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I'm Karl Ulrich, I'm a Professor at the Wharton School.

Â This session is on breakeven analysis.

Â There are really two distinct uses of the term breakeven in the context of

Â entrepreneurship.

Â The first, you might call breakeven time.

Â It's also sometimes called payback time or payback period.

Â Essentially, it's how much calendar time would be required for

Â a lump sum investment to be recovered from positive cash flow and

Â I'll give you an example here in a minute.

Â The second use of the term is really breakeven quantity and

Â this refers to how many units, transactions, quantity of product, orders,

Â customers must we experience per unit time in order to cover our fixed costs?

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I'll go through both of these with some examples.

Â The second idea of breakeven quantity

Â is also sometimes referred to by the strange term, covering the nut.

Â And that means, the nut is a term that refers to what are my monthly fixed

Â expenses and how much do I have to sell to cover the nut?

Â That is, to recover or pay for my monthly fixed expenses.

Â First, breakeven time or payback time or

Â payback period and let me just give you an example.

Â Let's imagine that you're considering converting

Â all of your delivery trucks from gasoline to compressed natural gas.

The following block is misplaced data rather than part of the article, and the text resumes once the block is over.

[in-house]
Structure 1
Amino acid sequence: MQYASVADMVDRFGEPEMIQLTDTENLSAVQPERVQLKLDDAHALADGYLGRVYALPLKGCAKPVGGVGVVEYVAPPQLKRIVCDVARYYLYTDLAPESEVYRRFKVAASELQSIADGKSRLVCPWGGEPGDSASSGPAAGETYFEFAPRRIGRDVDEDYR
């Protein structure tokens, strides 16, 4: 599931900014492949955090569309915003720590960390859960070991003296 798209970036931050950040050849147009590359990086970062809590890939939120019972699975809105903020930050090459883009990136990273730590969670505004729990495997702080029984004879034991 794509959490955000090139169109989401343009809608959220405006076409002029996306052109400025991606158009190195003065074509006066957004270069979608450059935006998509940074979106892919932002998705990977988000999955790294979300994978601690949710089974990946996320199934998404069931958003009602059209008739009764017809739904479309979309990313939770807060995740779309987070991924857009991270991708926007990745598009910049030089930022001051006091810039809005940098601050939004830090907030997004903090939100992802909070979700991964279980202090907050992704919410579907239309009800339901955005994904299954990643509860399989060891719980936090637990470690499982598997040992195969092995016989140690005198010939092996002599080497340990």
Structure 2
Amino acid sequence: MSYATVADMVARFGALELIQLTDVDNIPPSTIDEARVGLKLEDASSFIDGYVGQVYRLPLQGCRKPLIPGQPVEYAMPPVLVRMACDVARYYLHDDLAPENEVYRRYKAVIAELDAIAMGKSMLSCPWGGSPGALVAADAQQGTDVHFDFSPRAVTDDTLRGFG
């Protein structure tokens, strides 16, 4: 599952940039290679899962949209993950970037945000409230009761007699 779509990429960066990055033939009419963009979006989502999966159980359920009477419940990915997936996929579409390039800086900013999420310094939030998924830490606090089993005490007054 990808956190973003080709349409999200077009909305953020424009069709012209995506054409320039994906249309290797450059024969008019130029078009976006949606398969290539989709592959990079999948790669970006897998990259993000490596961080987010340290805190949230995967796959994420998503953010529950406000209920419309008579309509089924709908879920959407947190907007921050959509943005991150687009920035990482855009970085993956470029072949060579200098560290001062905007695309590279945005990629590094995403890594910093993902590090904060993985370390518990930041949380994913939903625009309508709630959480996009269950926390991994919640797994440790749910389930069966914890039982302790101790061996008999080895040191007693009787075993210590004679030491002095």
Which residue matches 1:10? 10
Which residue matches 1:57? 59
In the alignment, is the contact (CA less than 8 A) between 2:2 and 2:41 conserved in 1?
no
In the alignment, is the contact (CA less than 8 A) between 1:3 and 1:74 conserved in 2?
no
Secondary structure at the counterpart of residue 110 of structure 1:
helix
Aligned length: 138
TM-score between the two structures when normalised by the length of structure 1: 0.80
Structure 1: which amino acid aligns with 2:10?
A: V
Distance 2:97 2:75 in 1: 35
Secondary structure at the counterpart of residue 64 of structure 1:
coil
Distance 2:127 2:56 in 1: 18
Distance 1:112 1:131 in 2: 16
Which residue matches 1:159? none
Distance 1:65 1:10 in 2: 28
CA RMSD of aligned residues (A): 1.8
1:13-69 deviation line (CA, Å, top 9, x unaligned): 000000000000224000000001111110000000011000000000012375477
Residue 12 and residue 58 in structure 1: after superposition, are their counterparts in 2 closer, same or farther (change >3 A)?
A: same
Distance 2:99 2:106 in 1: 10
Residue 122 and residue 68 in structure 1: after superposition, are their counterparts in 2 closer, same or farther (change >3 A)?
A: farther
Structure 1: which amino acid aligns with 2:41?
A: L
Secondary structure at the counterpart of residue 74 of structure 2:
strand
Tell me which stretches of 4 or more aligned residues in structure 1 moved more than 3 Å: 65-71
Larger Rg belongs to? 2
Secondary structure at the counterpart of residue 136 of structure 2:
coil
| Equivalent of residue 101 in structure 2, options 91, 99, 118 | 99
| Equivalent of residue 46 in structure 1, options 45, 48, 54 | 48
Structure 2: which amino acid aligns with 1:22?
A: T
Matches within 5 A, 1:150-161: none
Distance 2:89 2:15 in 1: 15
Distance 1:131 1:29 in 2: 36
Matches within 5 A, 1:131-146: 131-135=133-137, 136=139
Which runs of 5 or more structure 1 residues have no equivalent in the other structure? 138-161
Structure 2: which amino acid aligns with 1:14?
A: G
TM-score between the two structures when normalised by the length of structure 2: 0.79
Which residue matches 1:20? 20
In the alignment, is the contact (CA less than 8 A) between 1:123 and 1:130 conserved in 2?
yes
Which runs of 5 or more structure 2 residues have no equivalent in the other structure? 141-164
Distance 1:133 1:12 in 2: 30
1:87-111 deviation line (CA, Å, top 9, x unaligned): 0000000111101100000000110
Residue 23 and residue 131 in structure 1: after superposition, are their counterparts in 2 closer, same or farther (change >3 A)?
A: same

Â Prices for compressed natural gas are quite low right now, much lower even,

Â than gasoline and so,

Â if you convert to this alternative fuel you can save monthly operating expenses.

Â Let's imagine that buying a truck costs $40,000 U.S. dollars and

Â let's imagine you save $1,000 a month in fuel costs by converting to CNG or

Â compressed natural gas.

Â Then put simply, the payback is 40 months.

Â That's just 40,000 divided by 1,000 per month saving, so

Â the breakeven time is 40 months, or the payback period is 40 months.

Â Now let me just say, this is most commonly used in association with a lump sum,

Â single investment that has some future savings associated with it,

Â it's actually not very commonly used in other parts of entrepreneurship.

Â You wouldn't normally see this in the context of financing or discussion

Â with an investor, it would be more used in association with a lump sum investment.

Â On the other hand, this notion of breakeven quantity

Â is commonly used in entrepreneurship, and let me start by giving an example.

Â I'm a founder and investor in a company called Belle-V Kitchen,

Â and we make a quite lovely bottle opener shown here.

Â Actually, I have one with me.

Â Belle-V Kitchen makes a bottle opener shown here.

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I want to start with the definition we've used in this course for

Â financial sustainability for a company that sells things.

Â The basic condition that's required for financial sustainability is that

Â the quantity sold times the difference between the price and

Â the cost of each unit has to exceed the fixed costs of operating the business.

Â Put simply, P minus C, or price minus cost is the gross margin, that's how

Â much you make on each unit of product and the quantity sold is the quantity sold.

Â The quantity sold times your profit per unit,

Â that must exceed the fixed cost of operating the business.